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Costco Is Taking Membership Fraud Very Seriously

Shoppers report getting detained or even kicked out for violating the members-only policy.

Membership is central to Costco's whole business model. America's largest warehouse club and third-largest food retailer currently has some 66.9 million members worldwide and had collected over $4.2 billion in annual membership fees alone in 2022. It's the main reason why Costco can afford to sell you so many high-quality goods at below-market prices.

So, it should come as little surprise that the club is very serious about its members-only policies.

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Just how serious? One shopper found out last month when she got stopped and detained at checkout for violating one of the warehouse's strictest rules, according to the Daily Dot. Her offense: trying to use a membership card that belonged to someone else.

The primary cardholder turned out to be her own mother, but the familial relations didn't matter so much to Costco security, which she claims held her for nearly 20 minutes while phoning her parent to authorize the purchase.

Her account of the incident racked up some 1.9 million views and over 350 comments on TikTok. Several commenters shared similar experiences: "I was buying goldfish with my dads costco card and they escorted me out and didnt let me buy the goldfish and flagged his account for fraud," one wrote. "One time a Costco cashier refused to let me cash out because my mom sent me with her card to buy stuff," added another. "She really acted like I was trying to steal…" 

@tvmoo_on the phone for 20 min 3 ppl on the line to confirm that yes I'm at Costco and yes my mom authorizes the transaction like ??♬ original sound – sissy

The issue of Costco's draconian membership-policy enforcement also came up on Reddit this week, after a shopper refused to let an elderly man borrow his card in the checkout line and later felt conflicted about it: "Part of me asked myself am I a jerk for saying no to this old man," the shopper wrote. "I'm also pretty annoyed that this guy is buying items without a membership while I'm paying an annual fee every year."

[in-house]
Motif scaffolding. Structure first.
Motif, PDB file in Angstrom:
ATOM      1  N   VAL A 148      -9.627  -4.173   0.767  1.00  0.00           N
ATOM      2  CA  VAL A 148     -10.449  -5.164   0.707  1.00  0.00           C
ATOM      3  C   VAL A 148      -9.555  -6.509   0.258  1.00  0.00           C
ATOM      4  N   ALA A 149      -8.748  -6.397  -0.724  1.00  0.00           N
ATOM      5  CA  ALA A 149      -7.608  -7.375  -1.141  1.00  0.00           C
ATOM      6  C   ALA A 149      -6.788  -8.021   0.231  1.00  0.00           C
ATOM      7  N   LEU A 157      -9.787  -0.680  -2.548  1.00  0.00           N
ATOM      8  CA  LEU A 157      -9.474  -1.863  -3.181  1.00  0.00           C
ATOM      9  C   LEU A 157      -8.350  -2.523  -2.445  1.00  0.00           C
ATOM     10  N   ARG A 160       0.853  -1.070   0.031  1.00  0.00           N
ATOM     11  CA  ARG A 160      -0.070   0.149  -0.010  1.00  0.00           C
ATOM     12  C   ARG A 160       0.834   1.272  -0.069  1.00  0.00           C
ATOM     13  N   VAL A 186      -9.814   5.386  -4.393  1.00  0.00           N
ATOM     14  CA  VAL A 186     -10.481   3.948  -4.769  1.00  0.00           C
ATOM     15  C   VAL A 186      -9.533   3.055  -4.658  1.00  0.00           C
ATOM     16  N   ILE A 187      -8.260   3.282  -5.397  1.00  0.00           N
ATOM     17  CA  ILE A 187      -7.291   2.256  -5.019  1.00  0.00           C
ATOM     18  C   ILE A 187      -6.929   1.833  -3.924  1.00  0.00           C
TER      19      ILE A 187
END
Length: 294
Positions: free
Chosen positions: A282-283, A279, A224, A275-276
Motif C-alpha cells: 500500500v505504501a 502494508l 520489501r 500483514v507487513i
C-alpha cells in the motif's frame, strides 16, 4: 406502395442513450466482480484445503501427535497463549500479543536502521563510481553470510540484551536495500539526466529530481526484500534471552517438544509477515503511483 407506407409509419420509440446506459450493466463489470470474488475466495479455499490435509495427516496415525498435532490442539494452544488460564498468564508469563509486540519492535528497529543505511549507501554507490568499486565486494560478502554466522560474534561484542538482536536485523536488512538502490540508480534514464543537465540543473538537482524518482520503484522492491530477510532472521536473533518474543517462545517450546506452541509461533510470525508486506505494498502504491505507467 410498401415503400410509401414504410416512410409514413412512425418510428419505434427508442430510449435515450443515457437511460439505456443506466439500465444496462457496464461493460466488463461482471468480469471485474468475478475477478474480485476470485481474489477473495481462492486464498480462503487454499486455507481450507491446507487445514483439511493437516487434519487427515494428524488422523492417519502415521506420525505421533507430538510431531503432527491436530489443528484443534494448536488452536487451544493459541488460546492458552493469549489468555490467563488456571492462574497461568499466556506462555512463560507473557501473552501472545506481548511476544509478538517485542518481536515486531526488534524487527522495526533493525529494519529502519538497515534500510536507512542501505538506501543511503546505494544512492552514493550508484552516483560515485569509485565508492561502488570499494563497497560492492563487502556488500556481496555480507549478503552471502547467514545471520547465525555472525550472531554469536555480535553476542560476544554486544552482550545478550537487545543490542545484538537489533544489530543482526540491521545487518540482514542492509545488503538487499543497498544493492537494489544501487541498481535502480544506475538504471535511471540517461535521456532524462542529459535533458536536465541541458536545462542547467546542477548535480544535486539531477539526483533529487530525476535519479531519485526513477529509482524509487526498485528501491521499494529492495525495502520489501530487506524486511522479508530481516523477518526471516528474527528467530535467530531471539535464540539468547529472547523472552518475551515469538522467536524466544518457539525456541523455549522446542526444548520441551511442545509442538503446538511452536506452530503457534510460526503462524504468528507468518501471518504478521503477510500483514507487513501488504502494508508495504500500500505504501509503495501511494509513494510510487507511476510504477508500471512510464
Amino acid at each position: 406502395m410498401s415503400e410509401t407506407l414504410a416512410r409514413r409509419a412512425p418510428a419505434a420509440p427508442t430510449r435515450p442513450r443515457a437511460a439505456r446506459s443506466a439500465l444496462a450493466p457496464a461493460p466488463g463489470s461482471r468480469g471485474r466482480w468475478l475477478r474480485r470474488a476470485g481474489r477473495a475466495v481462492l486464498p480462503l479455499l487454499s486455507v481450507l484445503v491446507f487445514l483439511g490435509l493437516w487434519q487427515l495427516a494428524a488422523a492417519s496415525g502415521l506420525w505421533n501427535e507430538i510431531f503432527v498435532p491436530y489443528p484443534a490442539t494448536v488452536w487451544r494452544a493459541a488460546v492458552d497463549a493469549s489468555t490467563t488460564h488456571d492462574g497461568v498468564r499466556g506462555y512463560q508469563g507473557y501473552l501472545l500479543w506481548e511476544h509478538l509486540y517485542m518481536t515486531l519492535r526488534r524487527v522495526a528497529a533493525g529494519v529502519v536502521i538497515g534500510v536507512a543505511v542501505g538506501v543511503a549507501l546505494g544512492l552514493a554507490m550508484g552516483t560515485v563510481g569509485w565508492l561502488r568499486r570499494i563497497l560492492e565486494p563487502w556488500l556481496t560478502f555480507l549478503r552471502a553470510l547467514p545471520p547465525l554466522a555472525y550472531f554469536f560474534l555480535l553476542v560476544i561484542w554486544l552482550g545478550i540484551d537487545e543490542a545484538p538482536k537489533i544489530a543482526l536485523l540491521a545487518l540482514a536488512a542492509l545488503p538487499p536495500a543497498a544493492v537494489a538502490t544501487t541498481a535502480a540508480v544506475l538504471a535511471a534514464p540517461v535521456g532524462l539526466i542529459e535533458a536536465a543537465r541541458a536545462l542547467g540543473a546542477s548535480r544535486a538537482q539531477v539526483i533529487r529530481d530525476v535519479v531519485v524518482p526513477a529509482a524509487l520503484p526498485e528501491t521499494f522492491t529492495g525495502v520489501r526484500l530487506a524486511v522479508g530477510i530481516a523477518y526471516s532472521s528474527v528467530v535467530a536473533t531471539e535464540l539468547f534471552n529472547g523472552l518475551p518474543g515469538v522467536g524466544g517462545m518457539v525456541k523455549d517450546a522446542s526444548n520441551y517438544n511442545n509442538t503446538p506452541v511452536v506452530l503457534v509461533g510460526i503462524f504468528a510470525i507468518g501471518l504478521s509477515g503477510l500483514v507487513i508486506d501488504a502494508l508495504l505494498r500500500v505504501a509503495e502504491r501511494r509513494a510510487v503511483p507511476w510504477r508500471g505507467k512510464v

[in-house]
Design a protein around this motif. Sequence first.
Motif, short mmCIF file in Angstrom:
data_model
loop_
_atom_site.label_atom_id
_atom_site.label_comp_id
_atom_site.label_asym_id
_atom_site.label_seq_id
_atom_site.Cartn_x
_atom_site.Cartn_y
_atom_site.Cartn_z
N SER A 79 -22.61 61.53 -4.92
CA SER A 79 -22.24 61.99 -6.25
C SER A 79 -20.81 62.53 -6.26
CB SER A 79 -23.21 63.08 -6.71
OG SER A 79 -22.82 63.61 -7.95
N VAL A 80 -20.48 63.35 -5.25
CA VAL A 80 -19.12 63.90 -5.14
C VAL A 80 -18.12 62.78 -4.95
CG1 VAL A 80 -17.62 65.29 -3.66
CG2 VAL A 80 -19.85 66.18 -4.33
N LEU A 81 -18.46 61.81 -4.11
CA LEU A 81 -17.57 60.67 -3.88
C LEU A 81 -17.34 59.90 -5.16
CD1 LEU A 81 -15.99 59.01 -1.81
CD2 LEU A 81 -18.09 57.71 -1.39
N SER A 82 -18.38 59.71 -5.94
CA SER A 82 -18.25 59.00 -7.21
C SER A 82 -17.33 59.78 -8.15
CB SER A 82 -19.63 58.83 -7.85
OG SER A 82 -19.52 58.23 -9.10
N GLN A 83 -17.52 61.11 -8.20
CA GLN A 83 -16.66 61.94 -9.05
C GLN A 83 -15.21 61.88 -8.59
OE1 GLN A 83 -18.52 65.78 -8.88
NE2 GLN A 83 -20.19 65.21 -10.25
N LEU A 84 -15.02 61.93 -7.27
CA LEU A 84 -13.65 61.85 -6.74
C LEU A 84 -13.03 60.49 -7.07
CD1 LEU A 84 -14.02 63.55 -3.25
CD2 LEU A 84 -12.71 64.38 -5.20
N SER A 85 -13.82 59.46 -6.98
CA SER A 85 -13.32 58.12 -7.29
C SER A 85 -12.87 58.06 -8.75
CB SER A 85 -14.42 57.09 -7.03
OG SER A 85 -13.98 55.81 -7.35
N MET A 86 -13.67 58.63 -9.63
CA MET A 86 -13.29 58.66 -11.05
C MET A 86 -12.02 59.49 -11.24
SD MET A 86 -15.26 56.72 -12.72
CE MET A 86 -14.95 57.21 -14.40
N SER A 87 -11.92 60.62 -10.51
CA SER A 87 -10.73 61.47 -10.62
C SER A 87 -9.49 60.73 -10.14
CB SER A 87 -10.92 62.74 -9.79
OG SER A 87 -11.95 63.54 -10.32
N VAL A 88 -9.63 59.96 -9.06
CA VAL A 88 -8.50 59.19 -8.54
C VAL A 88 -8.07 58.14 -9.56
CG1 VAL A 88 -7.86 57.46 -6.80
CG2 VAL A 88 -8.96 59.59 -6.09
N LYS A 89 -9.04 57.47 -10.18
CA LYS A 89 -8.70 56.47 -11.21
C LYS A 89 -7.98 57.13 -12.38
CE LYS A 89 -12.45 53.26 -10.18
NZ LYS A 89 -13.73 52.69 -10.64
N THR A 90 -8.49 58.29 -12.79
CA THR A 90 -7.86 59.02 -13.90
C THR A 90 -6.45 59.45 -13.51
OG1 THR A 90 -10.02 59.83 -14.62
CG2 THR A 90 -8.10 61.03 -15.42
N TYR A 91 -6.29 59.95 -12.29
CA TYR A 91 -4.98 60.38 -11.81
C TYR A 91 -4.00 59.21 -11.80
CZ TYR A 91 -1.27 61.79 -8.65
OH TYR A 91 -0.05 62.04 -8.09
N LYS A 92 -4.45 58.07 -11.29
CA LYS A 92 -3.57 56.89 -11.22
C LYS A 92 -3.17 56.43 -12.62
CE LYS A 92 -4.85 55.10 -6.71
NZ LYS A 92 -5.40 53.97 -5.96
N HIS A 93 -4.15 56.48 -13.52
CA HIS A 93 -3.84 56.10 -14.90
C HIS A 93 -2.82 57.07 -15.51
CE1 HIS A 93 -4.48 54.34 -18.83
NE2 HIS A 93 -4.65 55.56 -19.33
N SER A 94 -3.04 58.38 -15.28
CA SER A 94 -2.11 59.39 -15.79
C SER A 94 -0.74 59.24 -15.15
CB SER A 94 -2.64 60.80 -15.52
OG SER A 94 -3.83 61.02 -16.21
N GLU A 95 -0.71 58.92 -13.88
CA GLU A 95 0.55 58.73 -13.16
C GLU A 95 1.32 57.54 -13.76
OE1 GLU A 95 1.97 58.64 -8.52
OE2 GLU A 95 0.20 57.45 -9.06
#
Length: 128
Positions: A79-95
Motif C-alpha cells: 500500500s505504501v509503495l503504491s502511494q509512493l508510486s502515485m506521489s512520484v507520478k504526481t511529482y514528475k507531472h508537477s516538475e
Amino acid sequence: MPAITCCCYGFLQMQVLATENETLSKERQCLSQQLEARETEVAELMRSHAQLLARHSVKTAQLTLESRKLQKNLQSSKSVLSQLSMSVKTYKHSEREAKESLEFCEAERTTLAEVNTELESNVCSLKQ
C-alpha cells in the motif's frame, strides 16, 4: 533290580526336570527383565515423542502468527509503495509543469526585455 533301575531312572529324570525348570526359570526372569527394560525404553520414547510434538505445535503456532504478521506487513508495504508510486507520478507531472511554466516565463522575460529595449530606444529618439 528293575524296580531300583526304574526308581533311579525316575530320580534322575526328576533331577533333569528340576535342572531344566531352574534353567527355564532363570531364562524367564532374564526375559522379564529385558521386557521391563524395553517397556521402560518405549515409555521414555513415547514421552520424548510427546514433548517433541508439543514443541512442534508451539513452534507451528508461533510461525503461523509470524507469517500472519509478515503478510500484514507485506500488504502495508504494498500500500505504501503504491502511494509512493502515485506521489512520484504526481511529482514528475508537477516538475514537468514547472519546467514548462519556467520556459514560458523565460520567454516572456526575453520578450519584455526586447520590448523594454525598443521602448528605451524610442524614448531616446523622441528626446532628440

The post set off a lengthy discussion about the problems with card-sharing and possible consequences. "You can get your Costco membership revoked by doing that depending on what the policy is at that store," one poster warned.

Many commenters shared their own tales of running afoul of the rules. "I once lent my card to a housemate because according to everyone around me 'everyone does it and it's not a big deal,'" one wrote, "she went to Costco and they gave her a hard time, confiscated the card, she came back home real mad at me, and I had to drive to pick up my card and get an awkward time myself."

Another added, "Back when I first got my membership, my brother asked to borrow it. Figured it couldn't hurt so I let him. I'm not sure how they knew, but after that a manager or lead was called over and checked my ID at the register. When I asked why they told me I had let someone use my membership and was on probation for 6 months. This happened every single time I went until the 6 months was over."

According to its website, Costco's official policy states that membership cards are "not transferable" and that members may bring children and up two guests into the warehouse but that "[o]nly Costco members may purchase items."

It further states that "membership may be terminated at Costco's discretion and without cause."

Chris Shott
Chris Shott is the Deputy Editor covering restaurants and groceries for Eat This, Not That! Read more about Chris
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